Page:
PhD Studentship - Material Instability in Metal Alloys: Quantification and Prediction

Loughborough University

Application details:

Start date: 1st October 2018

Closing date: 9th March 2018


Primary supervisor: Dr. Konstantinos Baxevanakis

Secondary supervisor: Prof. Vadim Silberschmidt

Loughborough University is a top-ten rated university in England for research intensity (REF2014) and an outstanding 66% of the work of Loughborough’s academic staff who were eligible to be submitted to the REF was judged as ‘world-leading’ or ‘internationally excellent’, compared to a national average figure of 43%.

Find out more:

Project Detail:

Structural materials used in modern engineering applications are more than ever today subjected to extreme loading and environmental conditions. The development of large strains either during manufacturing or in operational conditions often leads to non-trivial deformation modes, such as localisations and microfractures, which are precursors to catastrophic failure. Besides geometrical factors, these events have their roots to the material microstructure. The accurate description and modelling of the mechanical behaviour in these settings is still a challenge for the understanding of materials’ failure and the design of structural components that operate under extreme conditions.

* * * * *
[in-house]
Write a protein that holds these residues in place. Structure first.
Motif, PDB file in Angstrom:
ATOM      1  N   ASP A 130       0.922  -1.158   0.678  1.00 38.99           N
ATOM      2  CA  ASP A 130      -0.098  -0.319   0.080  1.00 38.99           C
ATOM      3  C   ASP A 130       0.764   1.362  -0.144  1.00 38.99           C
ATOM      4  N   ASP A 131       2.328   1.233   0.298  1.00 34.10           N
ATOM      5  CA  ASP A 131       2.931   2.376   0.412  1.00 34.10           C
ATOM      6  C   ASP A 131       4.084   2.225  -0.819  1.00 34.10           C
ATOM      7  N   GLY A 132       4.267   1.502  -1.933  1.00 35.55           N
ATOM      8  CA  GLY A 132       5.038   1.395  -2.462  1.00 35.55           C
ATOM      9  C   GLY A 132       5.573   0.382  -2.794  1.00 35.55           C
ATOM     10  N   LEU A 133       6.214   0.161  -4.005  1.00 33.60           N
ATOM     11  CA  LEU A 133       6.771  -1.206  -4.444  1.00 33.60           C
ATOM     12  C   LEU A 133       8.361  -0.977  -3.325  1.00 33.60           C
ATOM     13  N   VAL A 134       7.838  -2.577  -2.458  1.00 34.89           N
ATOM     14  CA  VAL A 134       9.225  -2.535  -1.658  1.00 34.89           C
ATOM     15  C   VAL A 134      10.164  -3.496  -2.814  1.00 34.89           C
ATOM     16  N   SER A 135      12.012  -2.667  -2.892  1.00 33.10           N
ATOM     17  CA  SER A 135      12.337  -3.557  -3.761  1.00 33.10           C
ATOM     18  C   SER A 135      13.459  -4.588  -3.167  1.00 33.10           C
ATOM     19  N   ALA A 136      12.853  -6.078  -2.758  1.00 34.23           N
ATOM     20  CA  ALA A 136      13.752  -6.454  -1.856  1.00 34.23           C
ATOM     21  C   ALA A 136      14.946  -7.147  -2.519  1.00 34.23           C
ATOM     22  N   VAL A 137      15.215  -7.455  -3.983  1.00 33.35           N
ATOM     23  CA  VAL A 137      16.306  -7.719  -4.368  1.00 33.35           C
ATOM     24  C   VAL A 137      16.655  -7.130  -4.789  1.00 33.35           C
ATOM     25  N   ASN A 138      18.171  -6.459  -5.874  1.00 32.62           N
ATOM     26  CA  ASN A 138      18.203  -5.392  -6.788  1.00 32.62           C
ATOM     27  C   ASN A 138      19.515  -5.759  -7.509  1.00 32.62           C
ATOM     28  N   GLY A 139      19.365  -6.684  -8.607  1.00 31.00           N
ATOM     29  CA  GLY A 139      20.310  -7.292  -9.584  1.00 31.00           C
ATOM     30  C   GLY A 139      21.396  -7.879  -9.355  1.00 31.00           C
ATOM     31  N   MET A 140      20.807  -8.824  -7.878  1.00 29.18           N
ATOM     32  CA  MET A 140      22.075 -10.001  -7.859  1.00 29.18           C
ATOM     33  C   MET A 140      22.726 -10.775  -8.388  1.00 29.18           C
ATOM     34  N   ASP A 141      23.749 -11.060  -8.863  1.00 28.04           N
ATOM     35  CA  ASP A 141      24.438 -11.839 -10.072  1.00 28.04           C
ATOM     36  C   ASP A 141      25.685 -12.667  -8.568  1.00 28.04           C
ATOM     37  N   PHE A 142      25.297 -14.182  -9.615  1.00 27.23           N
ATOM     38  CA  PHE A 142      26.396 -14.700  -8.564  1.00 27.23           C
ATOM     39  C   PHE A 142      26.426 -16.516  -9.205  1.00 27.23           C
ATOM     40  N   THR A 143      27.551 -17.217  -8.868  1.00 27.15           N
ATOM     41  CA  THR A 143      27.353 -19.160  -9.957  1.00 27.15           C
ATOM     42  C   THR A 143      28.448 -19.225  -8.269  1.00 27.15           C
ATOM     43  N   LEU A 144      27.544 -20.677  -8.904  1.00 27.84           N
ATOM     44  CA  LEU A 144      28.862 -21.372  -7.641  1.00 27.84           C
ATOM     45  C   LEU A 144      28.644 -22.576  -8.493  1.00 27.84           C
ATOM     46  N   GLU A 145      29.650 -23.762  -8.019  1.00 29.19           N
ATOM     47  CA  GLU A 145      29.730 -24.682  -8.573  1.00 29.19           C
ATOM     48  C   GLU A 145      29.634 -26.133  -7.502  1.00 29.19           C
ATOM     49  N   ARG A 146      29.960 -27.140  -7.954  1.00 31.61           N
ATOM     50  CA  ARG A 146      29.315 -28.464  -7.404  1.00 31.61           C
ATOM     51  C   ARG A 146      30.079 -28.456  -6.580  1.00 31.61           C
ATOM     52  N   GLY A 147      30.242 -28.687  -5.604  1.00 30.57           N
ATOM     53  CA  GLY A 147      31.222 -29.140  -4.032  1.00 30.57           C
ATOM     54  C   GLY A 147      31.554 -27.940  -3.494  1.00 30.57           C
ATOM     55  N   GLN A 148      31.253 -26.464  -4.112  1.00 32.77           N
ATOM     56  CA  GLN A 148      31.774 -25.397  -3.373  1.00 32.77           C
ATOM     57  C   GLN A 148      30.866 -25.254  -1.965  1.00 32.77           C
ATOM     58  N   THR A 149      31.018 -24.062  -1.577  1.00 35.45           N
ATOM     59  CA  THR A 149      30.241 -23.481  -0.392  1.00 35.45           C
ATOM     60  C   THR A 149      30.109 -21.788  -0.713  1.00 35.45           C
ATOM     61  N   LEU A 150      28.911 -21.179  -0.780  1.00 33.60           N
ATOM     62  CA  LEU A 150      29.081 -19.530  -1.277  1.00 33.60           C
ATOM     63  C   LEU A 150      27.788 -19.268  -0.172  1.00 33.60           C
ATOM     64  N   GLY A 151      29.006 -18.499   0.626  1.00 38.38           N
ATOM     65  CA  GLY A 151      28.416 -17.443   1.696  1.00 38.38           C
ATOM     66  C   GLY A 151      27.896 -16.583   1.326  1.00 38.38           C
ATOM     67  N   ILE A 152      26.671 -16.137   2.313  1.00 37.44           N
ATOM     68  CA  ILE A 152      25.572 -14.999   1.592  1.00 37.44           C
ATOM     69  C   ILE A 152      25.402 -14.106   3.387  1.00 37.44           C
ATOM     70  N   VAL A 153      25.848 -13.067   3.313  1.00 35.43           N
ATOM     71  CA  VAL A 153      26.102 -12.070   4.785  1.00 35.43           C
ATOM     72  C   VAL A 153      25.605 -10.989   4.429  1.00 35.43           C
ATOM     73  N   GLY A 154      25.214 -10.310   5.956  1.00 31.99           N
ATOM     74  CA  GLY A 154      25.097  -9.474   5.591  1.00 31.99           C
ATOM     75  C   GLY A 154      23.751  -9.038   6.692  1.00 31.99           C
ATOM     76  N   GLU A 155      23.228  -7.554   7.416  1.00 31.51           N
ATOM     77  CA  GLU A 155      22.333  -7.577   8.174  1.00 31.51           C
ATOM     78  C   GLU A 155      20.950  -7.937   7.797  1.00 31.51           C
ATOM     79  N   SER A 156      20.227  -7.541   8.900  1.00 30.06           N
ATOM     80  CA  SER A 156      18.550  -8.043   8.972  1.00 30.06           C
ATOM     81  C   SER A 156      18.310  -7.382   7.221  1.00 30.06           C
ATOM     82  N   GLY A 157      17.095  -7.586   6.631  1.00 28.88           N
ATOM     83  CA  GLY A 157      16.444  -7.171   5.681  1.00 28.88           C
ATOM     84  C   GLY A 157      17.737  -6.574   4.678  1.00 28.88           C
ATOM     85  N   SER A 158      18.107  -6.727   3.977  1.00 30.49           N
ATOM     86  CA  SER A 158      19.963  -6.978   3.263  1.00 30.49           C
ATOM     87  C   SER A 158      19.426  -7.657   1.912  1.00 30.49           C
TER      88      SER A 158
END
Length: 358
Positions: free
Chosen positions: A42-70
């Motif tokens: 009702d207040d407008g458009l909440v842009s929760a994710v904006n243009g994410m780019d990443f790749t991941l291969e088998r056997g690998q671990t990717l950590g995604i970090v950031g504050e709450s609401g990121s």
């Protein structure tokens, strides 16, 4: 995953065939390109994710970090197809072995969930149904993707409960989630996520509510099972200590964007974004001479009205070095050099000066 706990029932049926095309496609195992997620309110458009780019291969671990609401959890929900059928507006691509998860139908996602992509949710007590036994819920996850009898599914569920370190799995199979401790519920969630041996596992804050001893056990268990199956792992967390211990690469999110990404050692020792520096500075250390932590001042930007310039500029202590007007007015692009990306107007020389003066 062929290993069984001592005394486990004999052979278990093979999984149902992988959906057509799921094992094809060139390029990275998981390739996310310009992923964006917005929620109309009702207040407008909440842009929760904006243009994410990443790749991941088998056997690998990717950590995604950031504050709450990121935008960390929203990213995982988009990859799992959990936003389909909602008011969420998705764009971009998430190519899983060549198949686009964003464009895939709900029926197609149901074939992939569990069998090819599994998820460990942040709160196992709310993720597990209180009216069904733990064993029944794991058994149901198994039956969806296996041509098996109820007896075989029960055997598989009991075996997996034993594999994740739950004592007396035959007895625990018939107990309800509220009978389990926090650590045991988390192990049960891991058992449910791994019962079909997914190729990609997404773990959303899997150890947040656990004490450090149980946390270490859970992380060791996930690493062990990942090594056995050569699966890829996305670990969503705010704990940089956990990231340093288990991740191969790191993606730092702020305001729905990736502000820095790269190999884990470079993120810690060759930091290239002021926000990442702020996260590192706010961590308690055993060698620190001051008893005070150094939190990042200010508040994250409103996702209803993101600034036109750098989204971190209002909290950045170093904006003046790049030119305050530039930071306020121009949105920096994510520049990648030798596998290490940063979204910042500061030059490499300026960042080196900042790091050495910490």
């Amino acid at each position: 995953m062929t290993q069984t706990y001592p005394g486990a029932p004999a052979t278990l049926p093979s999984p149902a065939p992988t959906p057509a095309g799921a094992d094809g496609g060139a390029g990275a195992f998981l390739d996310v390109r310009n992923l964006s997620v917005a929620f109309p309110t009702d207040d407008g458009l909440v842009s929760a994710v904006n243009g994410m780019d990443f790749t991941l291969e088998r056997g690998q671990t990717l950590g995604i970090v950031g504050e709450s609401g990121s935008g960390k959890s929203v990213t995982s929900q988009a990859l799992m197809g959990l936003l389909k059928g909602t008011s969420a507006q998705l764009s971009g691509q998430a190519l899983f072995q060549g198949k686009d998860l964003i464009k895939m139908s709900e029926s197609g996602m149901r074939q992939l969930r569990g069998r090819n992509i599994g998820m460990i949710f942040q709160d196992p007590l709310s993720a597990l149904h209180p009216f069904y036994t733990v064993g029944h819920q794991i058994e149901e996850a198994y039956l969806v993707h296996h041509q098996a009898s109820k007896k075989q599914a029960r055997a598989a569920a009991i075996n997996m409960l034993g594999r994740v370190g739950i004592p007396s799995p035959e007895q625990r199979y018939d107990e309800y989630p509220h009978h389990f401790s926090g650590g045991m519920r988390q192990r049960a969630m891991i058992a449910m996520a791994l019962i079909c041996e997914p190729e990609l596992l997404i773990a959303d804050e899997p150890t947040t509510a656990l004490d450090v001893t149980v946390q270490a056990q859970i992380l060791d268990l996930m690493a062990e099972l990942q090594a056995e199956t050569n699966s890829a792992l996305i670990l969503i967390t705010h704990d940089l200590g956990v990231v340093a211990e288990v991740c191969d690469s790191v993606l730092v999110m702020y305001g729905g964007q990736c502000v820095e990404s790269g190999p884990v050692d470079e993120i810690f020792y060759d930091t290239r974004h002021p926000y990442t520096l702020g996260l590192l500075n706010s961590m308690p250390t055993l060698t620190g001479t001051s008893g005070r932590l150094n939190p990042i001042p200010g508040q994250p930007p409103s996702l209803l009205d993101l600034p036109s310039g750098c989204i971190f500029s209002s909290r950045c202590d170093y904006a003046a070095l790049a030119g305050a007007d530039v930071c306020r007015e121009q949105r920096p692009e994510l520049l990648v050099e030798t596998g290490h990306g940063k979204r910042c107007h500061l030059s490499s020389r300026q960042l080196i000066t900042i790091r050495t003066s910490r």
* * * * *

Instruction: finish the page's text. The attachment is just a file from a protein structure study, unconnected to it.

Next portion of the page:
The proposed research project aims at investigating the role of microstructure in the development of localised deformation modes in a class of lightweight metal alloys. The workplan consists of experimentation using state-of-the art monitoring techniques (micro-CT, Digital Image Correlation) that intends to quantify specific microstructural features that drive deformation at the microscale. In parallel, numerical codes at the crystalline level will be developed to incorporate the experimental information and predict the mechanical behaviour under different loading scenarios.

Find out more:

K.P. Baxevanakis, C. Mo, M. Cabal and A. Kontsos, 2017. An integrated approach to model strain localization bands in magnesium alloys, Computational Mechanics (Online),

J.A. Cuadra, K.P. Baxevanakis, M. Mazzotti, I. Bartoli and A. Kontsos, 2016. Energy dissipation via acoustic emission in ductile crack initiation, International Journal of Fracture 199, 89-104,

Entry requirements:

Applicants should have, or expect to achieve, at least a 2:1 Honours degree (or equivalent) in Mechanical Engineering, Materials Science, Applied Mathematics or a related subject. A relevant Master’s degree and/or experience in one or more of the following will be an advantage: Mechanical Engineering, Computational Solid Mechanics, Experimental Mechanics.

Funding information:

Please note that these studentships will be awarded on a competitive basis to applicants who have applied to this project and/or the following 30 projects that have been prioritised for funding; job advert ref: WS01 – WS30

If awarded, each 3 year studentship will provide a tax-free stipend of £14,786 p.a ( provisional), plus tuition fees at the UK/EU rate (currently £4,262 p.a). While we welcome applications from non EU nationals, please be advised that due to funding retsrictions it will only be possible to fund the tuition fees at the international rate and no stipend will be available. Successful candidates will be notified by 30th April 2018.

Contact details:

Name: Konstantinos Baxevanakis

Email address:

Telephone number:  +44 (0) 1509 227030

How to apply:

All applications should be made online at Under programme name, select  Mechanical & Manufacturing Engineering

Please quote reference number: WS02

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Midlands of England